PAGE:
As for Web sharing, which I discuss starting on page 178, the layout and wording in the Server preference pane is a bit different now. Apart from some wording differences, the most significant change is the addition of a checkbox: “Convert images & PDF documents to searchable PDF.” If you select that checkbox, then image files and PDFs uploaded to your database over the Web will be made searchable automatically, just as if you had selected the documents in your own database and chosen Data > Convert > to Searchable PDF.

    The Web interface itself—what people see when they connect to your DEVONthink server—is also considerably improved. It’s more pleasant to look at, especially on an iOS device, and has additional features such as support for renaming, moving, grouping, tagging, and deleting existing documents; and adding plain text documents (not just notes).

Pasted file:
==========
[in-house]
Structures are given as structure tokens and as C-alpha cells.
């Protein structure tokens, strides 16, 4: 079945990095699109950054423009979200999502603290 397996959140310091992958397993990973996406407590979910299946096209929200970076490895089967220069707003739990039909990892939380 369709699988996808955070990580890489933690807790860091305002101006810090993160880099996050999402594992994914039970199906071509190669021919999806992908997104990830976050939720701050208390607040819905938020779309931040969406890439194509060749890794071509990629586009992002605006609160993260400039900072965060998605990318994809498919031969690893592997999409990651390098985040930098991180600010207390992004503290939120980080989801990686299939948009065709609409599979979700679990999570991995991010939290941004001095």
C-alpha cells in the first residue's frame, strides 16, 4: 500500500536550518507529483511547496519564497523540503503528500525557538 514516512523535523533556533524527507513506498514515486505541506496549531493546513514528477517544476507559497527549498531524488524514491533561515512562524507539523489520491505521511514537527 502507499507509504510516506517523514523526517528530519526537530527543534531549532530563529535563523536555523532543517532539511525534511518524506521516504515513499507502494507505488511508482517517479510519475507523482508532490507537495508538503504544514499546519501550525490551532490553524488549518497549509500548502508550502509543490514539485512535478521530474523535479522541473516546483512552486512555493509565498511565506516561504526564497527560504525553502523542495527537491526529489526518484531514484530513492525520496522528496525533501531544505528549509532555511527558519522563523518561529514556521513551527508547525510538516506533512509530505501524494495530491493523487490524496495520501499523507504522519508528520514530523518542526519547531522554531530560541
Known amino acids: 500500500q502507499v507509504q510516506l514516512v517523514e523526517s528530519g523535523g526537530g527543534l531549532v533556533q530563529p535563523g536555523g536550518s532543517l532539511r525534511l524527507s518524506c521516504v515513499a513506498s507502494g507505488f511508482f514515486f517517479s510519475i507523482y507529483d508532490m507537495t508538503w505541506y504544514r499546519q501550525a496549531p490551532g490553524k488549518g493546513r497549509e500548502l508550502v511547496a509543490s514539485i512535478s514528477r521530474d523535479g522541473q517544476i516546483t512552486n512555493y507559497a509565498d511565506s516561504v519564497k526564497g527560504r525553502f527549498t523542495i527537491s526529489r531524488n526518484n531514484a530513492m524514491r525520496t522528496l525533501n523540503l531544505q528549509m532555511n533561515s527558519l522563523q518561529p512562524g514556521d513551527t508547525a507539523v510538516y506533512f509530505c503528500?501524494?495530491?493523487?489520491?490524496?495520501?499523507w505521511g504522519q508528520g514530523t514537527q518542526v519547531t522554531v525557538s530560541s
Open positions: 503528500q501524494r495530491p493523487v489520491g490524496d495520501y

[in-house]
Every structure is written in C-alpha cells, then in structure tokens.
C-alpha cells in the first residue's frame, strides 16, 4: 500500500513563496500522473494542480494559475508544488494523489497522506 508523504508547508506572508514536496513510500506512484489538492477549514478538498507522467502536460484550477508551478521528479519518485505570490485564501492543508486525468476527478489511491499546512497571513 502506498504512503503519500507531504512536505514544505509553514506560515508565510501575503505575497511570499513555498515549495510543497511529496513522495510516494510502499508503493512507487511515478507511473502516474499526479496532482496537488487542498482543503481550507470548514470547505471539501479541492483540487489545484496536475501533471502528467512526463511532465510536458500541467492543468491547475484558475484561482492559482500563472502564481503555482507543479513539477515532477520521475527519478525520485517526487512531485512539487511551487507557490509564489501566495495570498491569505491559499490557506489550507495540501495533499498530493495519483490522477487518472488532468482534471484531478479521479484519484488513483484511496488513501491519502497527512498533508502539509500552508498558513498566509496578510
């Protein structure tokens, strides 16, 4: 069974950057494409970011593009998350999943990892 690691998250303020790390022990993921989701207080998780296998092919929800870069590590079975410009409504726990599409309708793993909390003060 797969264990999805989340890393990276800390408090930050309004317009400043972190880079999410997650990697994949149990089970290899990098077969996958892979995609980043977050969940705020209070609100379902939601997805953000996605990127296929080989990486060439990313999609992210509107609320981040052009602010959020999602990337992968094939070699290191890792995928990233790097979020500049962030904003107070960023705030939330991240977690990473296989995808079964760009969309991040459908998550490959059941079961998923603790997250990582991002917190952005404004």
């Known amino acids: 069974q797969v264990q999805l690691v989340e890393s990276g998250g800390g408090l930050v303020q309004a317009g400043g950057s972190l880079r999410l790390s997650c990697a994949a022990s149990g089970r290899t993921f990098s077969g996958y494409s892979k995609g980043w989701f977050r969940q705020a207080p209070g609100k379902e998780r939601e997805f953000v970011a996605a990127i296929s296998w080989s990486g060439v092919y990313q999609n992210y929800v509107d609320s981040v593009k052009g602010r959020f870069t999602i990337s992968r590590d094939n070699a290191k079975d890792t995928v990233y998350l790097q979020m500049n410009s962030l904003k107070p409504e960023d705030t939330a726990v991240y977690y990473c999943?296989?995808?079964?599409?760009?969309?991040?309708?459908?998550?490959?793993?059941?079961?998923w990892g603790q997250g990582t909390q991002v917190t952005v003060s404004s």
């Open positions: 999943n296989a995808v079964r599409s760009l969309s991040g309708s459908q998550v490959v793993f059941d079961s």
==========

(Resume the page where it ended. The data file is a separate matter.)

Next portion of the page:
Posted by Joe Kissell (Permalink)

  3. Getting Started with DEVONthink 2: Mountain Lion Update

    Everything in Take Control of Getting Started with DEVONthink is still valid in OS X 10.8 Mountain Lion. Pretty much everywhere the book refers to “Lion,” take it to mean “Lion or Mountain Lion.” For example, I talk about Lion’s Full Screen mode; in Mountain Lion, it’s the same.

    Posted by Joe Kissell (Permalink)

  4. Listen to Joe Talk about DEVONthink

    In MacVoices #1066, Joe decompresses from his many months of writing work to complete Take Control of Getting Started with DEVONthink 2 and chats with host Chuck Joiner about some unique aspects of the DEVONthink ebook project. He talks what DEVONthink is, describing it as “a centralized-storage-place, seach-tool, indexing, document-management everything, for just about any kind of information, and that’s only the beginning.” He also discusses various DEVONthink features and concepts, and how to get up and running with DEVONthink.

    Posted by Tonya Engst (Permalink)